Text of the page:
This week’s episode, number 454, begins with Tom talking about iteration planning. Jeremy Berriault comes next with a segment on QA team leads and I bat cleanup with a Form Follows Function installment based on my post “Trash or Treasure – What’s Your Legacy?”.

Tom and I discuss the concept of legacy systems: what they are, whether they’re trash or treasure (sometimes both), and how they impact an organization.

You can find all the SPaMCast episodes I’m in under the SPaMCast Appearances category on this blog. Enjoy!

Microservices or Monoliths – Fences and Neighbors

Photo of fence separating fields from a road


At the end of my last post, “What Makes a Monolith Monolithic?”, I stated that I didn’t consider the term “monolithic” to be inherently derogatory. It is, rather, a descriptive term relating to the style of organizing an application’s architecture. Depending on the context the system operates within, a monolithic architectural style could lie anywhere on the continuum between perfectly suited and perfectly disastrous. Placing it on that continuum requires a sense of what qualities are most needed or desired and which can be traded off in their stead. Everything comes with a cost, and attempting to ignore that fact merely sets us up for unpleasant future surprises.

After an initial period of unbridled enthusiasm, opinion seemed to gel around the idea that highly distributed application architectures (aka microservice architectures) were not suitable to all contexts. There are prerequisites for jumping into the microservices pool in terms of problem architecture, infrastructure, and organization. Attempting to shoehorn a microservice architecture into an environment that cannot support it will be overly expensive at best and a failure of apocalyptic proportions at worst.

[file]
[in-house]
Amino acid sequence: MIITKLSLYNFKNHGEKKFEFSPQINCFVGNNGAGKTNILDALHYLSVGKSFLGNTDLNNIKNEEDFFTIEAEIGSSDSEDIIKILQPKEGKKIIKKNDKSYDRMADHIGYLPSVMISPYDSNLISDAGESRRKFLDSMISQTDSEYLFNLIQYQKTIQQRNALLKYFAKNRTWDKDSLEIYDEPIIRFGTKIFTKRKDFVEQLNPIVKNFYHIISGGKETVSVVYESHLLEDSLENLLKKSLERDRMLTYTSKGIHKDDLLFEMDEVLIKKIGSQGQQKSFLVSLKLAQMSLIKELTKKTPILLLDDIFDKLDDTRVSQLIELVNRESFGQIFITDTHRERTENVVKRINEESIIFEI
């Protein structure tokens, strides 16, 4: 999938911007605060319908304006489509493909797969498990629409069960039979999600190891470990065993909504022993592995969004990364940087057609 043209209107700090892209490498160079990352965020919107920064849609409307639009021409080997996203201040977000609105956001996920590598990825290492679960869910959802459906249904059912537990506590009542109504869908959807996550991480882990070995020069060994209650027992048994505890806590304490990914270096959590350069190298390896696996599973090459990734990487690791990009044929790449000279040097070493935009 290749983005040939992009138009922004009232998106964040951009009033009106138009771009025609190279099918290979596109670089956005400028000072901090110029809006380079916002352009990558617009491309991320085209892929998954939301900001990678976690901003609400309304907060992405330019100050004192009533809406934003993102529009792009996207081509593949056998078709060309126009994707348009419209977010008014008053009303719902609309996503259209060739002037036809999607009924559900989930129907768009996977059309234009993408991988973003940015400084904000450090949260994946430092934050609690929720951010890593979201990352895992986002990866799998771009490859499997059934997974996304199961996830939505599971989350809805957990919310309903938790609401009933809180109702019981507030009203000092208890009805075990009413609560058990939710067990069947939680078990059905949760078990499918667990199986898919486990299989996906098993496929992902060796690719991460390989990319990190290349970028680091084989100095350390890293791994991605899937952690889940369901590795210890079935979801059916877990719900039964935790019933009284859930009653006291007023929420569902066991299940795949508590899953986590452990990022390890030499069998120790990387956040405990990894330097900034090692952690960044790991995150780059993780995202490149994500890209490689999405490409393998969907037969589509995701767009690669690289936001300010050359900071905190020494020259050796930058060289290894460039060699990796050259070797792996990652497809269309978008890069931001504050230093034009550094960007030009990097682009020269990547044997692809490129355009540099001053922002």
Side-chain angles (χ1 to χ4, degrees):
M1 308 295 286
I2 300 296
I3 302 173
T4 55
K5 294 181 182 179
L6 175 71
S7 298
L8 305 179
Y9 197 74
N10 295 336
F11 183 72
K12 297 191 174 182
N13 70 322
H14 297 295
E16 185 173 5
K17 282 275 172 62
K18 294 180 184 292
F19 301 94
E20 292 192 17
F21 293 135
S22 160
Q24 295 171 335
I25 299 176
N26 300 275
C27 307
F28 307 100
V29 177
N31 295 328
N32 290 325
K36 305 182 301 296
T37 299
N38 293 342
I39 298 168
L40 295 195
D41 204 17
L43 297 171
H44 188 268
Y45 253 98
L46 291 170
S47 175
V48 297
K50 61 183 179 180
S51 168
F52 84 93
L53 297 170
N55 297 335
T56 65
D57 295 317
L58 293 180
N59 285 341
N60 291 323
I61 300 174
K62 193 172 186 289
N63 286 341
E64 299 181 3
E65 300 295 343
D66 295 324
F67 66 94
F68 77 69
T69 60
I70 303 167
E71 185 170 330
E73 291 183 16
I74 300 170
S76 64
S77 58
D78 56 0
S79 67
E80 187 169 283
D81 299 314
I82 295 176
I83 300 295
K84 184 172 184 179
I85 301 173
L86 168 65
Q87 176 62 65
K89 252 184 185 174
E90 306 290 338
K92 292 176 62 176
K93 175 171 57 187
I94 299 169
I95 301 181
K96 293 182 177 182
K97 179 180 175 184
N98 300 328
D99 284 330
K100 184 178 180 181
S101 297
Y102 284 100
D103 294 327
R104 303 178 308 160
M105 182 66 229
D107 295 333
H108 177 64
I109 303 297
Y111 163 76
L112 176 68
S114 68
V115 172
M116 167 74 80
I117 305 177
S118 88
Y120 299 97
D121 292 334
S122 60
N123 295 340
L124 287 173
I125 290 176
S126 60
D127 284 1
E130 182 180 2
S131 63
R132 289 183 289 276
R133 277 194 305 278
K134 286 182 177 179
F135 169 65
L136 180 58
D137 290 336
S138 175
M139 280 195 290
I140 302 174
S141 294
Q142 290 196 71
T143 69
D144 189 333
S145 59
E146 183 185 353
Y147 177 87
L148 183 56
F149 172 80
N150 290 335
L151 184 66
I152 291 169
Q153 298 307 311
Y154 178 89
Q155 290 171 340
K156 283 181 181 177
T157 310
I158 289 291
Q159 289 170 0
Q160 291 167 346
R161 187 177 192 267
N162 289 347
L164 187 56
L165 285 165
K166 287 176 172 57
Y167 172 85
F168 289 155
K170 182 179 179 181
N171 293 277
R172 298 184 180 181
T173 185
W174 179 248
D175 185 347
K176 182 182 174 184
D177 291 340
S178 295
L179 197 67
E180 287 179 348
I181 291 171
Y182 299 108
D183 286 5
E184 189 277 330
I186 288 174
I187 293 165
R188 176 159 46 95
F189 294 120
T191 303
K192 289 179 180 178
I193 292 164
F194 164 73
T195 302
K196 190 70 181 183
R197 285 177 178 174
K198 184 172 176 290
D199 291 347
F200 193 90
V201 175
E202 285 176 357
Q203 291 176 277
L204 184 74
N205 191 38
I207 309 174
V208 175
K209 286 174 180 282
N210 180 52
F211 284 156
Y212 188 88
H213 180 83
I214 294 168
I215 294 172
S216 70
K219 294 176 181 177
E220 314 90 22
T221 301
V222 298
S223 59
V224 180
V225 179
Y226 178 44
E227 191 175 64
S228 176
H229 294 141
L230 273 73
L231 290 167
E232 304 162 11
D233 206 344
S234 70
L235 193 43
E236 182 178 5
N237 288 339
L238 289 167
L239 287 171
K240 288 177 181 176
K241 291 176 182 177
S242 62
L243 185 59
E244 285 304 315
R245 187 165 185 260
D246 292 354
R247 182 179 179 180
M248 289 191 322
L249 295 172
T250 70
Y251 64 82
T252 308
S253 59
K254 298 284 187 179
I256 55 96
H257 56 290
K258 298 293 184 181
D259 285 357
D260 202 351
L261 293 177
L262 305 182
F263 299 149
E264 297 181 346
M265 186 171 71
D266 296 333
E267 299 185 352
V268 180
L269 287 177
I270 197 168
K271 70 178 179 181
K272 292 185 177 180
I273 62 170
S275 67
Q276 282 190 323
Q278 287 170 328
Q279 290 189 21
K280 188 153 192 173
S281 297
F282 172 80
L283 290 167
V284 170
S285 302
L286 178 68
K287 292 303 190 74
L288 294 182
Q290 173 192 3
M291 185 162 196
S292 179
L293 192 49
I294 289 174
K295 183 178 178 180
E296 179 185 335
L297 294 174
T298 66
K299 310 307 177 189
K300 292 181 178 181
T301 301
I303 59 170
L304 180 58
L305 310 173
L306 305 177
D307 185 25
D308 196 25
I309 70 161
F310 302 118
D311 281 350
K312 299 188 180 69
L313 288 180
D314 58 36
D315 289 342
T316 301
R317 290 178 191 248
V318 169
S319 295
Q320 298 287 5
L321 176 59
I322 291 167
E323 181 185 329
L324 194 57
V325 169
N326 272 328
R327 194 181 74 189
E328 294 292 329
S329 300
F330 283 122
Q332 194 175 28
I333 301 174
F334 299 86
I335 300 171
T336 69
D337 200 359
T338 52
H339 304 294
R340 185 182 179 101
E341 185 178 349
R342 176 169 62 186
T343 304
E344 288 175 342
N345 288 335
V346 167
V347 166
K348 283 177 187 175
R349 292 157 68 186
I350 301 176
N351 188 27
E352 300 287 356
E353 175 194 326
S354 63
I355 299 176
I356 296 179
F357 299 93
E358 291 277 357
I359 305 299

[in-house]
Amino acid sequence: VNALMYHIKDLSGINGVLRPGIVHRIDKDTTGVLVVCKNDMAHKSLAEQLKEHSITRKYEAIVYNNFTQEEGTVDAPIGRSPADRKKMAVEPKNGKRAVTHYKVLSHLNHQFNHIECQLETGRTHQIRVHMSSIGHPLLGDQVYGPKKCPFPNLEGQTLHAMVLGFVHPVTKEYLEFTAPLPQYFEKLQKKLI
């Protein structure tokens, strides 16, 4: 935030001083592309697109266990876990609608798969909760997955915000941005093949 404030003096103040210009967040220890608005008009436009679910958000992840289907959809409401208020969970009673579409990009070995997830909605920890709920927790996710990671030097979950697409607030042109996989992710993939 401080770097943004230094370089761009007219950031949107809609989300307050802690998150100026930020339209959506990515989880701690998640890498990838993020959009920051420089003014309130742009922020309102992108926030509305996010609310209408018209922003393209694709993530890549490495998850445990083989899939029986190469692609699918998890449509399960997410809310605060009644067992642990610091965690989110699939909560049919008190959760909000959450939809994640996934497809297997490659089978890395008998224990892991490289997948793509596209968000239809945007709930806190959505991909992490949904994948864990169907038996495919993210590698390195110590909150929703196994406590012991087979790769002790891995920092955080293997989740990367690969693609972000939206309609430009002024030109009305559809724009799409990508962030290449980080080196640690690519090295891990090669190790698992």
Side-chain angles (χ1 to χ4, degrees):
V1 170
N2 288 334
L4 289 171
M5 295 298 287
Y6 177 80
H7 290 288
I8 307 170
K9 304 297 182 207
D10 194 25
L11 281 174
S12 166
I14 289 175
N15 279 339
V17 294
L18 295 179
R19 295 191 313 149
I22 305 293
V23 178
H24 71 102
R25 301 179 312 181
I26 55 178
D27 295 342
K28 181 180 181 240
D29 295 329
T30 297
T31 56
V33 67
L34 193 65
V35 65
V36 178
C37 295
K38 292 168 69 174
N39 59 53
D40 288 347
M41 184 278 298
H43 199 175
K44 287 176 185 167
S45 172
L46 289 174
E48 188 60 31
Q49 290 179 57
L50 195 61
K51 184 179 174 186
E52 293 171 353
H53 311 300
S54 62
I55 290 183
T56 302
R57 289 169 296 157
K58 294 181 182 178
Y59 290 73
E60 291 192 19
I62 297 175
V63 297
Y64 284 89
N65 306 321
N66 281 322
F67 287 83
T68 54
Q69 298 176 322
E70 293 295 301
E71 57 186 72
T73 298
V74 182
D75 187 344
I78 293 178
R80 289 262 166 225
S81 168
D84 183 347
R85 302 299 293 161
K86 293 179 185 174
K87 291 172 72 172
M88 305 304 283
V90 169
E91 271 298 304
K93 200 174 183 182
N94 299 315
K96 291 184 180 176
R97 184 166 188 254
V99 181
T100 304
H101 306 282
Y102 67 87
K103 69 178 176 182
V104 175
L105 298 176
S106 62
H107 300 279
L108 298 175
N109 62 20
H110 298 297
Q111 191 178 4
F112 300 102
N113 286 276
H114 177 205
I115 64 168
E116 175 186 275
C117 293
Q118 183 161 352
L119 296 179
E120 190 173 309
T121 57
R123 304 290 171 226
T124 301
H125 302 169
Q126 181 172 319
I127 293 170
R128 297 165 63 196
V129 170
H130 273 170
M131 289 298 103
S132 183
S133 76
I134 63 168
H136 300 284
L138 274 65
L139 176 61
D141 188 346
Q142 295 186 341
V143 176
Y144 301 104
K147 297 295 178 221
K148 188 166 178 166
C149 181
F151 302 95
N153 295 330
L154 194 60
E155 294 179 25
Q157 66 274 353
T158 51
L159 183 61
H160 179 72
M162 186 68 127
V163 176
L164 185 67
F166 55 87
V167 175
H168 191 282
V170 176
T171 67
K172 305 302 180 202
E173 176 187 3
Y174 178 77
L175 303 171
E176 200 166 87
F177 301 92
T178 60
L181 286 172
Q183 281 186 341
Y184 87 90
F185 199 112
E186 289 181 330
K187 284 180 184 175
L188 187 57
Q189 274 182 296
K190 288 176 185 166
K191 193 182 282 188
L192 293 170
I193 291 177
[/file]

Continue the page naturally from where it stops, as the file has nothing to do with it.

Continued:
There are many aspects of application design that are commonly recognized as beneficial: modularity, loose-coupling, high cohesion, and separation of concerns. It is critical to realize that these aspects can be found in systems with microservice architectures, monolithic systems, and everything in between. Distributed architectures are not necessary for modularity, nor any of those other aspects. In fact, one could easily create an application with a microservice architecture whose qualities are opposite to these desirable ones.

There are, however, situations where the benefit of a microservice architecture outweighs the costs and complexity. The ability to independently deploy and scale the various parts of an application is a major benefit, in my opinion. A well designed microservice architecture can even allow for the components of an application to be replaced on the fly. These features are not unique to microservice architectures, but are arguably easier to achieve than in other application architectures.

Real design, balancing both costs and benefits, is required. Sticking a bit of network in between the components is insufficient to ensure success. Deliberate design, especially as the boundaries multiply, is critical for an effective system. Identifying and providing for those boundaries at the conceptual level (i.e. before they become physical) is key. Good fences can either make for good neighbors, or they can create a maze of barriers.